See also cross.
The Orans is a posture that people sometimes unconsciously adopt during spiritual experience, but is also found extensively as a symbol of experience.
Manic Depression and Creativity – D Jablow Hershman and Dr Julian Lieb
The experiences of diagnosed manic depressives converge with that of saints and mystics...........
When a person in acute mania goes rigid in a rush of exultation, he throws his head back, rolls his eyes heavenwards, smiles ecstatically and extends his arms as though to welcome bands of angels.
This is remarkably like the pose and facial expression found for centuries in paintings of saints, the Virgin Mary and other holy figures either on their way to or already in heaven.
It seems the look of a religious person in acute manic ecstasy was well known in less secular times than ours.
It is not, as some people appear to believe a conscious posture, although it has been incorporated as a ritual gesture within some religions, where it is meaningless, because it is an empty gesture. It is also not an attitude of prayer or deliverance.
If shown in any form of ancient drawing or statuary it was an indication that those people had obtained a profound spiritual experience of some sort – a vision for example or even ecstasy. Where a female figure in an Orans posture was placed over the tomb of a man it meant he had indeed achieved both ecstasy and the chemical wedding.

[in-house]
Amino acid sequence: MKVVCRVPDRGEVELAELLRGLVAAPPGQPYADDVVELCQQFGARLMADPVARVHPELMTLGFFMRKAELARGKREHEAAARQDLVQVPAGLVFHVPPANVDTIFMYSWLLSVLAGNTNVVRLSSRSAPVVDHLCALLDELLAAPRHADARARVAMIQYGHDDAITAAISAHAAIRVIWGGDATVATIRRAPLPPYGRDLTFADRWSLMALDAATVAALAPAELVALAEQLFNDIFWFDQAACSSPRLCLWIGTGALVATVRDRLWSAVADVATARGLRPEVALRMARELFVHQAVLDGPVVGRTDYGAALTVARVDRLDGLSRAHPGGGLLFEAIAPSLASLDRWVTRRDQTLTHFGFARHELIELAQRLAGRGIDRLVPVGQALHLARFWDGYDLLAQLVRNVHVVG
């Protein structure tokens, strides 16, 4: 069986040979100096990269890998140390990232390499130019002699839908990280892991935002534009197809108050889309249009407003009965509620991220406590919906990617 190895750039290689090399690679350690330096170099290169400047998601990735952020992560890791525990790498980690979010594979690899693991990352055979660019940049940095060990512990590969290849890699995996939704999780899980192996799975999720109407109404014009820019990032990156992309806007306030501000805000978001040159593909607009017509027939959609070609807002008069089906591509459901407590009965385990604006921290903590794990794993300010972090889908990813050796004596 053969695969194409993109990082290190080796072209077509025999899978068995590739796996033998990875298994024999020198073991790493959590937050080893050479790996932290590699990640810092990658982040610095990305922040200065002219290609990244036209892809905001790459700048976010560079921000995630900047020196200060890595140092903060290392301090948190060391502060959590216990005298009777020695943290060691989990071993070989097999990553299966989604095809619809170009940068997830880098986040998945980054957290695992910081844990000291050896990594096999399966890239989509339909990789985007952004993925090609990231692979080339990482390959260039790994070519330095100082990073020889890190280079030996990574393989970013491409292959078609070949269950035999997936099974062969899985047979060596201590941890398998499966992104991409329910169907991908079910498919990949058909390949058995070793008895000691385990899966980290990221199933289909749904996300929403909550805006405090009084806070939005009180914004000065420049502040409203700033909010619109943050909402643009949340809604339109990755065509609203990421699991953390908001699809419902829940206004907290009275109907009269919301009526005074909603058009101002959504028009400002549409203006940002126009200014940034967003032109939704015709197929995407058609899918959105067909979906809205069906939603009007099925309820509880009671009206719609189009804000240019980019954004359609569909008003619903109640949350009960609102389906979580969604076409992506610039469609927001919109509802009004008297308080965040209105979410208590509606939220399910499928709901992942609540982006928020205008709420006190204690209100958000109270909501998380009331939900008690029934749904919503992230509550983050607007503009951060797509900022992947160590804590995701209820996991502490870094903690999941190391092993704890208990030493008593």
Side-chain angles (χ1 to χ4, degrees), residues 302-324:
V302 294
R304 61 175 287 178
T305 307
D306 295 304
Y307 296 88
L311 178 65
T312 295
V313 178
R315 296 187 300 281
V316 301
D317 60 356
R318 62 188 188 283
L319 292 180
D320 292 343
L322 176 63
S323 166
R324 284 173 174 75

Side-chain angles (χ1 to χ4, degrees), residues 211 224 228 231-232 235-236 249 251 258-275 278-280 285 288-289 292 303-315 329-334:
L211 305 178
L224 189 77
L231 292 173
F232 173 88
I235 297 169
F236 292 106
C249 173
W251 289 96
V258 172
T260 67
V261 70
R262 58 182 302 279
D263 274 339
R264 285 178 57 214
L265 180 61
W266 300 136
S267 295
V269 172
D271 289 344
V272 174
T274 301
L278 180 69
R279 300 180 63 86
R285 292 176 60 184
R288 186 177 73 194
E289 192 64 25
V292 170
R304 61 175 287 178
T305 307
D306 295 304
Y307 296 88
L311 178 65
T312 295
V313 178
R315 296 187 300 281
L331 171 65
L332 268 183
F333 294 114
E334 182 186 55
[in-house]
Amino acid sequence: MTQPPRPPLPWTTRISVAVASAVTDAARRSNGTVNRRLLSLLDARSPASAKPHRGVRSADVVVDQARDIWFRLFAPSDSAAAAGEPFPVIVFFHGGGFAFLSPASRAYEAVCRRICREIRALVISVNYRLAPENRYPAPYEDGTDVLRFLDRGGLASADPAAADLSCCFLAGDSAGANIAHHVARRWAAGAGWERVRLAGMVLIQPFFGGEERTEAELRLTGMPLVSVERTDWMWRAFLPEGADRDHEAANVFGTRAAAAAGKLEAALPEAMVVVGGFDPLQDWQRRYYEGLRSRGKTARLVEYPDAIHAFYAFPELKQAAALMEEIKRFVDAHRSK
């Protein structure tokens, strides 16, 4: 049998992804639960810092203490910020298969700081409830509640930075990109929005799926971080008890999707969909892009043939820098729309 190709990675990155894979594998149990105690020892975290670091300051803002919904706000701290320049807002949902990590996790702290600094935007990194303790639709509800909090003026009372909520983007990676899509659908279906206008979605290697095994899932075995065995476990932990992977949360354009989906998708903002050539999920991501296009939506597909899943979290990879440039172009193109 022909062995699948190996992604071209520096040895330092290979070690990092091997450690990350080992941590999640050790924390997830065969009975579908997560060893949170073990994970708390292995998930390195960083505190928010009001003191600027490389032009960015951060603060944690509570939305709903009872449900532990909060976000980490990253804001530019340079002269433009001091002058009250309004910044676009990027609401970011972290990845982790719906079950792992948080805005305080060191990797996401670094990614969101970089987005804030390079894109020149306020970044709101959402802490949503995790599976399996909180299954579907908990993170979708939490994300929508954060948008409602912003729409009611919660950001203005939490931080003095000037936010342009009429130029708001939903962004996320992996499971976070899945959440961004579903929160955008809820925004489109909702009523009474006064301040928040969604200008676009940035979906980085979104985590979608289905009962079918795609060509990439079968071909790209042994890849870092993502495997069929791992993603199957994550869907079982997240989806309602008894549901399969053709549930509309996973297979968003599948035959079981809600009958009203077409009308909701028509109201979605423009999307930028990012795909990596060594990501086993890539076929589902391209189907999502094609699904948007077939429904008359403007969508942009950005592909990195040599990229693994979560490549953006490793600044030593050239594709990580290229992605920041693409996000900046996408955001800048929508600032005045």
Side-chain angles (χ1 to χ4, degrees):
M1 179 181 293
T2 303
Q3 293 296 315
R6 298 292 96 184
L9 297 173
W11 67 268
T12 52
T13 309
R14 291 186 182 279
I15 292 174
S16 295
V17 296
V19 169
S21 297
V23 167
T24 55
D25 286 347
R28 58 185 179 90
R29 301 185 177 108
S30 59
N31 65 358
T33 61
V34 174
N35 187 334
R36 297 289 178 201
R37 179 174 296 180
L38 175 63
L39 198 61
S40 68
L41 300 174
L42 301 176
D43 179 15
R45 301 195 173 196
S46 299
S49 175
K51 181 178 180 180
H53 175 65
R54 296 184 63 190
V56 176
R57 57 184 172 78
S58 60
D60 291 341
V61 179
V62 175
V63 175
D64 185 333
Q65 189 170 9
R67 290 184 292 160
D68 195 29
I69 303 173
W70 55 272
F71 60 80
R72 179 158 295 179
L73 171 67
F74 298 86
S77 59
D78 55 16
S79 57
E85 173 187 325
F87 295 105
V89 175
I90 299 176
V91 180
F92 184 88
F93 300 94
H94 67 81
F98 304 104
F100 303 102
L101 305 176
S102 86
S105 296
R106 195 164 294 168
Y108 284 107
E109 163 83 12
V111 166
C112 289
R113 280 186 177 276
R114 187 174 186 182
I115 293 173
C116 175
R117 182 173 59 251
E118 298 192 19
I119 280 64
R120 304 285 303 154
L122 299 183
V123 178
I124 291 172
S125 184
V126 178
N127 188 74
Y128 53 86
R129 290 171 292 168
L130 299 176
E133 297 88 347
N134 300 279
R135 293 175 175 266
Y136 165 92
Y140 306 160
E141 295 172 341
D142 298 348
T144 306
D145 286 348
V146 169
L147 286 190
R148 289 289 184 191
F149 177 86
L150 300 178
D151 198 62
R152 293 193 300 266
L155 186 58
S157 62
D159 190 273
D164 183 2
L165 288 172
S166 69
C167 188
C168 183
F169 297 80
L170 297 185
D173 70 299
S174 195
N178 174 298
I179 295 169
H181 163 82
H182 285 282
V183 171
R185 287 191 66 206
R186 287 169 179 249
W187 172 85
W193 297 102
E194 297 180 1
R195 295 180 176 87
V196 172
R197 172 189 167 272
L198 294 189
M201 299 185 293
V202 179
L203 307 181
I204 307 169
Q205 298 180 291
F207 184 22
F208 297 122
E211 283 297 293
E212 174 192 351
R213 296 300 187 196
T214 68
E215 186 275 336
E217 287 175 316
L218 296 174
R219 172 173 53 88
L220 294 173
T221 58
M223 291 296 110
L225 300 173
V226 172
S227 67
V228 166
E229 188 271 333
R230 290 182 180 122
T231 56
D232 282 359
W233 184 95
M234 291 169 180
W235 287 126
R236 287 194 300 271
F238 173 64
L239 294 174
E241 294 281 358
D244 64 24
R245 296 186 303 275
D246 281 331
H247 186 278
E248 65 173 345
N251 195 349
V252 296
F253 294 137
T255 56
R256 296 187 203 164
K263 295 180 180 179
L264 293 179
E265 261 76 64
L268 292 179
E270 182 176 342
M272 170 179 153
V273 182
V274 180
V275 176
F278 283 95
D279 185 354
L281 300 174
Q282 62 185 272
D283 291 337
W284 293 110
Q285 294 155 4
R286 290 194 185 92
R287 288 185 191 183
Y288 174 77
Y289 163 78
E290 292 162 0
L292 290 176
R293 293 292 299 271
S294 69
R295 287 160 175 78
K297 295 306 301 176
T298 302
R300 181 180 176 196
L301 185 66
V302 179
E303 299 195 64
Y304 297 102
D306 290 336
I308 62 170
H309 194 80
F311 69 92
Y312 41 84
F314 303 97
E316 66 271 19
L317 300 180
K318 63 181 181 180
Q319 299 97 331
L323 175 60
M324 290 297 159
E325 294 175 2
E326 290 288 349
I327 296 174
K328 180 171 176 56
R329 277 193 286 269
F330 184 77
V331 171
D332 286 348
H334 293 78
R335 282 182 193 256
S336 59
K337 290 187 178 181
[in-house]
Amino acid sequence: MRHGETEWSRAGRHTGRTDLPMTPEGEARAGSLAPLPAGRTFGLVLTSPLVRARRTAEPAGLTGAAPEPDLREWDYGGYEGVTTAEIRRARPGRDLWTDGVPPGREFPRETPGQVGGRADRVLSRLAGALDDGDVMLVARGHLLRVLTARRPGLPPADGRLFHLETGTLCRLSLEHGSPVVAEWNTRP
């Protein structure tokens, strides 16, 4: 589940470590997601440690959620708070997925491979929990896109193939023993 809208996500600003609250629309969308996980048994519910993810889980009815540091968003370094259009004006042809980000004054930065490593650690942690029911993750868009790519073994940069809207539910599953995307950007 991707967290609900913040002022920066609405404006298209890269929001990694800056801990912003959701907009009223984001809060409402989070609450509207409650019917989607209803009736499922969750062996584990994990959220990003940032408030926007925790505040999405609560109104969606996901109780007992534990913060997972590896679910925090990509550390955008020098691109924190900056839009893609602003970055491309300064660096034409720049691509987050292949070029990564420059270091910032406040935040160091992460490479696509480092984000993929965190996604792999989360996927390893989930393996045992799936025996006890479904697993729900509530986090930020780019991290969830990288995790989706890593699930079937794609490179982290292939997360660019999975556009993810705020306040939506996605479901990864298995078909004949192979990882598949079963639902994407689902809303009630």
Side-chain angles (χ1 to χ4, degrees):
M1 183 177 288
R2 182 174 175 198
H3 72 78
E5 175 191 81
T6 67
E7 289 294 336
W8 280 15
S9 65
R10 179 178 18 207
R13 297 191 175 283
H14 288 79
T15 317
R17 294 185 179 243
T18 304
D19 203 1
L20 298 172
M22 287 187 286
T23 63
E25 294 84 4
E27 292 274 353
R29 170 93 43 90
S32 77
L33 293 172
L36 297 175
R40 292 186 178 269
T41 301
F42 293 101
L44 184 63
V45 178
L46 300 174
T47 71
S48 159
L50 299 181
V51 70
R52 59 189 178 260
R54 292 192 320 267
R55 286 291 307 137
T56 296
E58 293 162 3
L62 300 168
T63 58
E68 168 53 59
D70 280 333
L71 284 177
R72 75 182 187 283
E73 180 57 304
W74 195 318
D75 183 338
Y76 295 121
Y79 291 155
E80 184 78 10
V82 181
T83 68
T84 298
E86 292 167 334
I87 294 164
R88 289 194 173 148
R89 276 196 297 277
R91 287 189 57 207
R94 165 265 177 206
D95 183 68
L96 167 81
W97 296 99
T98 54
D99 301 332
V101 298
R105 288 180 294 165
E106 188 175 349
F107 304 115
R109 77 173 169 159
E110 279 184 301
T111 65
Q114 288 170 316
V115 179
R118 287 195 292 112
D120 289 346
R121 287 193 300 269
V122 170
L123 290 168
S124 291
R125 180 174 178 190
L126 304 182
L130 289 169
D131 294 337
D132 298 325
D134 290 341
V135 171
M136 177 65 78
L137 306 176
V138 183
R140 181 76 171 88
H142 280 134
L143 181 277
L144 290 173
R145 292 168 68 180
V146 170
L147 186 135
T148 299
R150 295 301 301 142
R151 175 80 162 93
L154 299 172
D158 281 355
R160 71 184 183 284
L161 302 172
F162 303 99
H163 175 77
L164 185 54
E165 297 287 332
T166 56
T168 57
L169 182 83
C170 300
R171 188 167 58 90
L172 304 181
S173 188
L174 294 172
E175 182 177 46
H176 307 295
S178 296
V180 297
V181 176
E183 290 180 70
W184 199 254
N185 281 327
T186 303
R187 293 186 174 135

One of the oldest depictions of the orans position can be seen in the ‘stag man’ of Val Camonica [below left] in Italy, one of a number of rock carvings made by a people who were likely Celts. The figure was carved in the fourth cent BC. It is a figure of a man with antlers, who wears a long robe, and has his arms raised in the orans position. Around his right and possibly his left arm are loops which may represent torcs or bracelets, while underneath his left arm is a curved line which may represent a snake, symbol of kundalini energy.
Another set of images found on the Internet.
The photos show an unusually large and enigmatic sculpture. It is 43 inches high (109.2 cm.) and depicts a hermaphrodite figure – bearded and with distended breasts. A hermaphrodite [Androgyny] figure shows a shaman or priest who has achieved union with their Higher spirit.
Both arms are raised high. The expression is intense, the mouth is open, the nose is elongated and the eyes are bulging – see Staring and bulging eyes.
He has a top-knot on his head. This is the symbolic crown – the ‘crown chakra’.
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- A golden shaft of light beamed down through the middle part of his body
- African tribal art - Orans
- Albrecht Dürer – 12 The Hanged Man
- Ancestors, the - Art - Beheading
- Ancestors, the - Art - Blood, Red ochre, Bhimbekta and the Red Lady of Paviland
- Ancestors, the - Art - Ecstasy
- Beethoven - 5th Symphony
- Beuys, Joseph - Crosses and crucifixes 02
- CICOM museum - Mayan - 'Sonrietas'
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- Delville, Jean - The Angel of Splendour
- Gaudi - Professional work - 04 The Sagrada Família
- Leighton, Frederick Lord - Icaros
- M A Czaplicka - Siberian shaman’s dress
- Mayan - Kirchoff - 'Arrow sacrifice'
- Millais, John Everett - Ophelia
- Ogotemmeli - Serpents and wavy lines
- Sacred geography - Korean mystic shamanism – Caves – 01 The Tomb Complex of Goguryeo
- Sheik Mauji - The Durud
- Symbols – Picts – Sacred site - Crosses in Eggs [citadels]
- The Knights Templar - Royston Cave
- Waterhouse, John William - Ophelia